Enzalutamide as treatment for men with mHSPC who have received testosterone suppression

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Published: 2 Jun 2019
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Dr Christopher Sweeney - Dana-Farber Cancer Institute, Boston, USA

Dr Christopher Sweeney talks to ecancer at the 2019 American Society of Clinical Oncology (ASCO) Annual Meeting about results from the ENZAMET trial looking at the use of enzalutamide as treatment for men with mHSPC who have received testosterone suppression.

He explains that enzalutamide is known to prolong the survival of men with castration resistant disease so the purpose of this trial was to study its success in the hormone sensitive setting.

Dr Sweeney reports that patients randomly received either enzalutamide or placebo with testosterone suppression and that after 3 years the overall survival rates were 80% with enzalutamide compared with 72% for placebo.

See the press conference here.

Read the news story here.

Watch a comment from Dr Neeraj Agarwal here.

ecancer's filming has been kindly supported by Amgen through the ecancer Global Foundation. ecancer is editorially independent and there is no influence over content.

Today I had the great honour of presenting the results of the ENZAMET study which was a global academic study led by a group called ANZUP out of Australia. It’s a study of adding enzalutamide to testosterone suppression in men starting therapy for metastatic hormone sensitive prostate cancer.

What we know is that a drug like enzalutamide prolongs the survival of men being treated for castration resistant disease and here we are saying, okay, if it works in the resistant setting can we use it in the hormone sensitive setting. What we see is that we accrued 1,125 men, half got the non-steroidal older therapies of bicalutamide, flutamide and nilutamide which are less potent androgen receptor inhibitors and here we gave them enzalutamide with the testosterone suppression. We also allowed for patients to get docetaxel concurrent because we know docetaxel works in patients with high volume disease when starting hormone sensitive prostate cancer therapy.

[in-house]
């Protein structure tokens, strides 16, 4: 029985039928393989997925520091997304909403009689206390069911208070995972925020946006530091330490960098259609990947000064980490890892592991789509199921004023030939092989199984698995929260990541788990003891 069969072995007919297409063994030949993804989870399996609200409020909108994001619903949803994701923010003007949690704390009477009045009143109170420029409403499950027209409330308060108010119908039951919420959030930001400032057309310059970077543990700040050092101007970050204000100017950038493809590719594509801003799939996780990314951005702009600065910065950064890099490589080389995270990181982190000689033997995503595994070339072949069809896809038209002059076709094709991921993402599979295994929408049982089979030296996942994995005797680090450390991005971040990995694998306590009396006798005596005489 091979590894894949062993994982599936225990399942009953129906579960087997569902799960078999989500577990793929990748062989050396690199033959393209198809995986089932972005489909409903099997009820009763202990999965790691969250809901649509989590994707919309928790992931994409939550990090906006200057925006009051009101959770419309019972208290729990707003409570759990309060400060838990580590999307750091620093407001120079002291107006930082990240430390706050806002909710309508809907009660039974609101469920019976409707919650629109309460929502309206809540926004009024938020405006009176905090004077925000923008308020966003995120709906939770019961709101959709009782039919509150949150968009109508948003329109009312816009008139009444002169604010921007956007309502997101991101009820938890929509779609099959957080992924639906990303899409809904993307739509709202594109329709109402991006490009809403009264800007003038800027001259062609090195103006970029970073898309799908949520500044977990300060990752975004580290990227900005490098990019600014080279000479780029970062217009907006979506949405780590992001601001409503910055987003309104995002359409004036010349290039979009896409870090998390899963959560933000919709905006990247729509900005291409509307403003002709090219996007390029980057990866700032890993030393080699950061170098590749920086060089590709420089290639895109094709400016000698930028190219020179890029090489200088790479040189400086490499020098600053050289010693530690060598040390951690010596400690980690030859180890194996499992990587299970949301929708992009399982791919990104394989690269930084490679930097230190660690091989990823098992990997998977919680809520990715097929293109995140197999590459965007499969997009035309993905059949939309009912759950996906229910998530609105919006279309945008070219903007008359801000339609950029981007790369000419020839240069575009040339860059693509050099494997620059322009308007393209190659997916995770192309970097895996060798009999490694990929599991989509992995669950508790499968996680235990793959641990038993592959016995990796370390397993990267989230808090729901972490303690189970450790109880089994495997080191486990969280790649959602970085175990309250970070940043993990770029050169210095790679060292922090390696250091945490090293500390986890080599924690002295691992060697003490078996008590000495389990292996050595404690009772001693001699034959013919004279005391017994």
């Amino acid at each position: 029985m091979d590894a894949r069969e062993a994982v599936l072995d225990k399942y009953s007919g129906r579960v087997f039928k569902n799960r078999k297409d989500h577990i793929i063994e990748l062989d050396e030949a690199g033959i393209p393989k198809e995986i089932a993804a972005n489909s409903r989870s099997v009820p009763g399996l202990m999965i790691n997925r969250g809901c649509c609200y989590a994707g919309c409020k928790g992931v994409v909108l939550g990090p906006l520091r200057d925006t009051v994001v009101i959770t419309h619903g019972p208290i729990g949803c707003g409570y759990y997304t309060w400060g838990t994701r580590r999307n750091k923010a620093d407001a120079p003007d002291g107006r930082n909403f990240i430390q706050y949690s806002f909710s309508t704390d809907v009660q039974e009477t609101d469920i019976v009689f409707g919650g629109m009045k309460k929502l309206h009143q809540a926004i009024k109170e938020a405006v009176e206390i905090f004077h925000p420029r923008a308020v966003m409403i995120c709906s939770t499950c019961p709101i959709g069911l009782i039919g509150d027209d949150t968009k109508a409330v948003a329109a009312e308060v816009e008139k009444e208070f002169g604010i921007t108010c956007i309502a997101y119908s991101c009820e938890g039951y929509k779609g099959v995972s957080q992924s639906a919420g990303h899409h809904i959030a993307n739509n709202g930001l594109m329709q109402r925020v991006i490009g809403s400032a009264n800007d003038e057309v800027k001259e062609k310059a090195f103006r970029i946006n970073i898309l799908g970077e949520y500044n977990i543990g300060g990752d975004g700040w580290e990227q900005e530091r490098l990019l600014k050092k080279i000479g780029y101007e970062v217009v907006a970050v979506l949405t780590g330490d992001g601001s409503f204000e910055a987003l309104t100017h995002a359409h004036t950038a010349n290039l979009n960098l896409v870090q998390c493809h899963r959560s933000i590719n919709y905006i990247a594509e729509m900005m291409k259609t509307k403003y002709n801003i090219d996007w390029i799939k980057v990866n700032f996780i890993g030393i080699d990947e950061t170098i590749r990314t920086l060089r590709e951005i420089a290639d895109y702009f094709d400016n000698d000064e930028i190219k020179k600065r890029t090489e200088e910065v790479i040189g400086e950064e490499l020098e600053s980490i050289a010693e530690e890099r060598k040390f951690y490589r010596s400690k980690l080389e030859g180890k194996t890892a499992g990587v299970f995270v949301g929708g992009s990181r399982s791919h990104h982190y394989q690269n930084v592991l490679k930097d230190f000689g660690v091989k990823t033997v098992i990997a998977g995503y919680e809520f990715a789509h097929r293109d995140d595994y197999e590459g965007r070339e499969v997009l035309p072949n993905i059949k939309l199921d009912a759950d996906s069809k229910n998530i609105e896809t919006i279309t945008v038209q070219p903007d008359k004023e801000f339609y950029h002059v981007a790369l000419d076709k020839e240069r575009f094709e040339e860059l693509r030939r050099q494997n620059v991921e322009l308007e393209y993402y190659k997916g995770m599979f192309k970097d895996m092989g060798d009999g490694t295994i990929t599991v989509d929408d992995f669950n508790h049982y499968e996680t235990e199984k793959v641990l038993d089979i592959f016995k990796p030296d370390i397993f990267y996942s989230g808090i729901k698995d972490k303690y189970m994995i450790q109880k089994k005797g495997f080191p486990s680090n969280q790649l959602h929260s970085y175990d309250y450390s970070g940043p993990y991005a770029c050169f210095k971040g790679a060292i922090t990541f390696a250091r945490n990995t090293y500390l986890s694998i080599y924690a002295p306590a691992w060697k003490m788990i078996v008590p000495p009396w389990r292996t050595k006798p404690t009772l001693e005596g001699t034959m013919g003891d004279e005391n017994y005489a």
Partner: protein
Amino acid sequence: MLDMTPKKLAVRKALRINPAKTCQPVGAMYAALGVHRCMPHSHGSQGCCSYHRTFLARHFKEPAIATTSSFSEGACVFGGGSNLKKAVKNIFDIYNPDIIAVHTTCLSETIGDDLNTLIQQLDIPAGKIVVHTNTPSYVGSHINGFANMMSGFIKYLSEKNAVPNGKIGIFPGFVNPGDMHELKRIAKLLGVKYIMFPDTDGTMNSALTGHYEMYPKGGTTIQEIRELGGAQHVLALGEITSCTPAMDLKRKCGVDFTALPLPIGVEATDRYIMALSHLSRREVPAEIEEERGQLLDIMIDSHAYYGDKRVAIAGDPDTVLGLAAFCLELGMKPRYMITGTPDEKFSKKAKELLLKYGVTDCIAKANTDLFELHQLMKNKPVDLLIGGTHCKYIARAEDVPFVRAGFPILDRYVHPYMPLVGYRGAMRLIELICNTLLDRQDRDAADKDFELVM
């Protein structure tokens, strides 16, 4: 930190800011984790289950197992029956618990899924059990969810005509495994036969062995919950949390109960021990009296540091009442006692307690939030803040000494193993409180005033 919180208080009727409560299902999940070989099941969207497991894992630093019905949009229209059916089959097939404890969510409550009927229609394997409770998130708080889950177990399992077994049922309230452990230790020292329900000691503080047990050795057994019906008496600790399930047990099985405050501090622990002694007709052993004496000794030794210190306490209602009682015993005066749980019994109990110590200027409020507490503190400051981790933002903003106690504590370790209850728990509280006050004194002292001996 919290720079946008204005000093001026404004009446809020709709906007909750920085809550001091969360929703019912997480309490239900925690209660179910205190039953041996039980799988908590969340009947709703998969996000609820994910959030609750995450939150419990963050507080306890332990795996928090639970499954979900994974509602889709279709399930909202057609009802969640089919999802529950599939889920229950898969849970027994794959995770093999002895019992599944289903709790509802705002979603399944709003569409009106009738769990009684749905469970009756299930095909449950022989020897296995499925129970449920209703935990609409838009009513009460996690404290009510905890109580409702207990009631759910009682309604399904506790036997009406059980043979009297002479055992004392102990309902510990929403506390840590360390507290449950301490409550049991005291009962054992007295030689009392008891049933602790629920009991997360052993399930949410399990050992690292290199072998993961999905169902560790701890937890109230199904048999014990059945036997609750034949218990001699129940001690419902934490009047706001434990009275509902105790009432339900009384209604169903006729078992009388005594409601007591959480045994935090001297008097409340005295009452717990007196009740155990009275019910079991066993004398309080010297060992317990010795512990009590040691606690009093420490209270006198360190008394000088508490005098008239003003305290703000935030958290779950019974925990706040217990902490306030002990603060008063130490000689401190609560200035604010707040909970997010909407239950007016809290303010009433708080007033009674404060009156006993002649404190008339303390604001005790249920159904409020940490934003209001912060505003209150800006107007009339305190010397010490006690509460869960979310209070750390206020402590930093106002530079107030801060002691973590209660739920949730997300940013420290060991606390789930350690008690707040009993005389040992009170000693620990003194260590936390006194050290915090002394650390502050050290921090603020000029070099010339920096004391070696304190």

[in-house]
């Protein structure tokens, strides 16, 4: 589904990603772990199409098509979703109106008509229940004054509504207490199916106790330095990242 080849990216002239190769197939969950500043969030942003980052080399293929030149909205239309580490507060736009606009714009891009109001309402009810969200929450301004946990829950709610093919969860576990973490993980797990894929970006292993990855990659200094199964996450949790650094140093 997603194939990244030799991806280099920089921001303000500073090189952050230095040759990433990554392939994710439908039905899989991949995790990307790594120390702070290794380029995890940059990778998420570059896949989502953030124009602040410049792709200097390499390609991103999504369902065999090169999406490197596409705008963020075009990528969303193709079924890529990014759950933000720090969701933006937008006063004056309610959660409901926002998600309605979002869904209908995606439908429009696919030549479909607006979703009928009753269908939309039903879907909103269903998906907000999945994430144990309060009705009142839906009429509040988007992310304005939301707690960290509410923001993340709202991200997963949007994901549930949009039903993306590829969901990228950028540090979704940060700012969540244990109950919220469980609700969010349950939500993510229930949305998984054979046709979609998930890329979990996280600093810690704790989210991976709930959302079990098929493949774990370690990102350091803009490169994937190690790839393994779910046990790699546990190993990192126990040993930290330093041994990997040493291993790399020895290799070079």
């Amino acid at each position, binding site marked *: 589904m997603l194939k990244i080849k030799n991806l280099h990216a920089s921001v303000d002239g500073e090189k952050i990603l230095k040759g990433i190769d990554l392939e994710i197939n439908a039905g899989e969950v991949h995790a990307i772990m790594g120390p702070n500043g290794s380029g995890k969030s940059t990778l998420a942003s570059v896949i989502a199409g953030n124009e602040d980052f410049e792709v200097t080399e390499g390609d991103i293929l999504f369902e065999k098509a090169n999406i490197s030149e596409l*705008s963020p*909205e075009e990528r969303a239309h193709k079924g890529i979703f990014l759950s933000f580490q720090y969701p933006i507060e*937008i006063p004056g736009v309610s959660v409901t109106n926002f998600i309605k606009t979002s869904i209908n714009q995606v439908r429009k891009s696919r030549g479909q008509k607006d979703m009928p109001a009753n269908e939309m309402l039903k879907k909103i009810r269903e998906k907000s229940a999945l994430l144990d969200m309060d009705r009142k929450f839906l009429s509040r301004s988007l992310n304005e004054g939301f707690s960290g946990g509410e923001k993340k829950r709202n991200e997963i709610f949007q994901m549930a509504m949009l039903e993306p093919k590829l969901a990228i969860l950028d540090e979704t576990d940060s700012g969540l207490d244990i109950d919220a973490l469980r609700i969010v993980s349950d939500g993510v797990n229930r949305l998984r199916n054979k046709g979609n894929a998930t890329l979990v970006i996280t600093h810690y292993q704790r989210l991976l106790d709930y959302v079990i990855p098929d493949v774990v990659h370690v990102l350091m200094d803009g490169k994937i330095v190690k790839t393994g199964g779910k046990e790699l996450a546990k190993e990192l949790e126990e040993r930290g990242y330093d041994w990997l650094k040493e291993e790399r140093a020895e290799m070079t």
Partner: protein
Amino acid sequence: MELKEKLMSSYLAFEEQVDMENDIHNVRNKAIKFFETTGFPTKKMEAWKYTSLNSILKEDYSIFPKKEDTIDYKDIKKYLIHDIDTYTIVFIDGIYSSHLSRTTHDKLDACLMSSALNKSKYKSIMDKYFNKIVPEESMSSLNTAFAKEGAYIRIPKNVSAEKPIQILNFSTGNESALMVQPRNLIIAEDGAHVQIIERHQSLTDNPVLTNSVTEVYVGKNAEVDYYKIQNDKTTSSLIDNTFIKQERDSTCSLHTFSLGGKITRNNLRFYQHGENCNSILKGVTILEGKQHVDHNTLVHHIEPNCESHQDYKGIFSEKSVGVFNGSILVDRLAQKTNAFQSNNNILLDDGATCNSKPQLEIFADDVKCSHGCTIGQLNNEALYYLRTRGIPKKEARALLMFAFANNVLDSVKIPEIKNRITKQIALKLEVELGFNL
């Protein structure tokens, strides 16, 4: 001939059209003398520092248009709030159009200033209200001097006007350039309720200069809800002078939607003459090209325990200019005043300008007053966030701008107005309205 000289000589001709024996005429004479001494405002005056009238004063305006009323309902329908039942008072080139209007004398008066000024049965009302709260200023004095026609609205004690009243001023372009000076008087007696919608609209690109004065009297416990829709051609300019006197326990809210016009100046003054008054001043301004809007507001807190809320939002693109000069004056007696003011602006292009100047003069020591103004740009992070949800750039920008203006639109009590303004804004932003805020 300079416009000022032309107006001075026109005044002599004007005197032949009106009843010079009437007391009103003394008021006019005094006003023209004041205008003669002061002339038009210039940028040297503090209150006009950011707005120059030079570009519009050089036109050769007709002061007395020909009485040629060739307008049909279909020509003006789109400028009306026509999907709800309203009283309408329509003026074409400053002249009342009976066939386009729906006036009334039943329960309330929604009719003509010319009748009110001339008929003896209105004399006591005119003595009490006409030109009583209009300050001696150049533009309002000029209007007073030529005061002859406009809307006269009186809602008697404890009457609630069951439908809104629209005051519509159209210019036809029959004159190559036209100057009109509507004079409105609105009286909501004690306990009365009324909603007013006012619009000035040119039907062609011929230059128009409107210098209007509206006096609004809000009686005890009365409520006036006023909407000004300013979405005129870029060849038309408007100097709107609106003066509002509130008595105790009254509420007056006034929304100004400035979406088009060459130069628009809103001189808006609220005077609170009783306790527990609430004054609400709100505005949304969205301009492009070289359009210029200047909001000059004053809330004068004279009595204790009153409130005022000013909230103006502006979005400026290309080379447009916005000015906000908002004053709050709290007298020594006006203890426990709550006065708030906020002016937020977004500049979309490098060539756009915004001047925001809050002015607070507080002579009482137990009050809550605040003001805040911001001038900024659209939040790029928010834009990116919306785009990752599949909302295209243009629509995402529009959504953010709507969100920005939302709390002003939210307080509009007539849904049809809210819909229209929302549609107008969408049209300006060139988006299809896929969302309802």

What we saw is that patients had an improvement in overall survival at the overall analysis with a 33% decreased risk of death but what we did notice at this stage is that the analysis is early because it was positive on an interim analysis and the three year overall survival was increased from 72% to 80%. When we look at patients who had high volume disease they also had a survival benefit but many of them actually got docetaxel so the absolute benefit was less because they also got a benefit from the docetaxel. What we also see is that patients with low volume disease, their survival went from about 80% to 90% at three years but we didn’t see patients who did not get docetaxel, so the benefit was clearest in patients who did not get docetaxel whereas patients who did get docetaxel did not have a clear survival benefit. That could be patients who get docetaxel and testosterone suppression get a good, deep remission, their PSA rises, we give them the enzalutamide or abiraterone and their survival benefit is not seen because they get salvaged effectively. Whereas if patients are on the enzalutamide and the docetaxel and testosterone suppression up front they may not have the options to get salvaged. So right now at the early analysis it could be ADT and docetaxel followed by enzalutamide is as good as giving it all up front.

So when I see a patient I will now counsel them on here are your options, you have high burden disease, poor prognosis, and you’re fit for chemotherapy. We’ll give you docetaxel or we could give you the hormones, and describe the side effect profiles and the cost. If, however, a patient is not fit for chemotherapy or has low burden disease choosing abiraterone, apalutamide or enzalutamide are very good options. You’d probably steer away from the enzalutamide if they have diabetes and would steer away if a patient has a predisposition to seizures and falls. So it’s got to be a patient and physician discussion working out what is the best treatment for them.

Next steps are longer follow-up and doing the quality of life analysis and seeing if we see an overall survival when we do the longer follow-up analysis in the patients who get docetaxel. We hope so but we’re not guaranteed to see it, we need to do the work.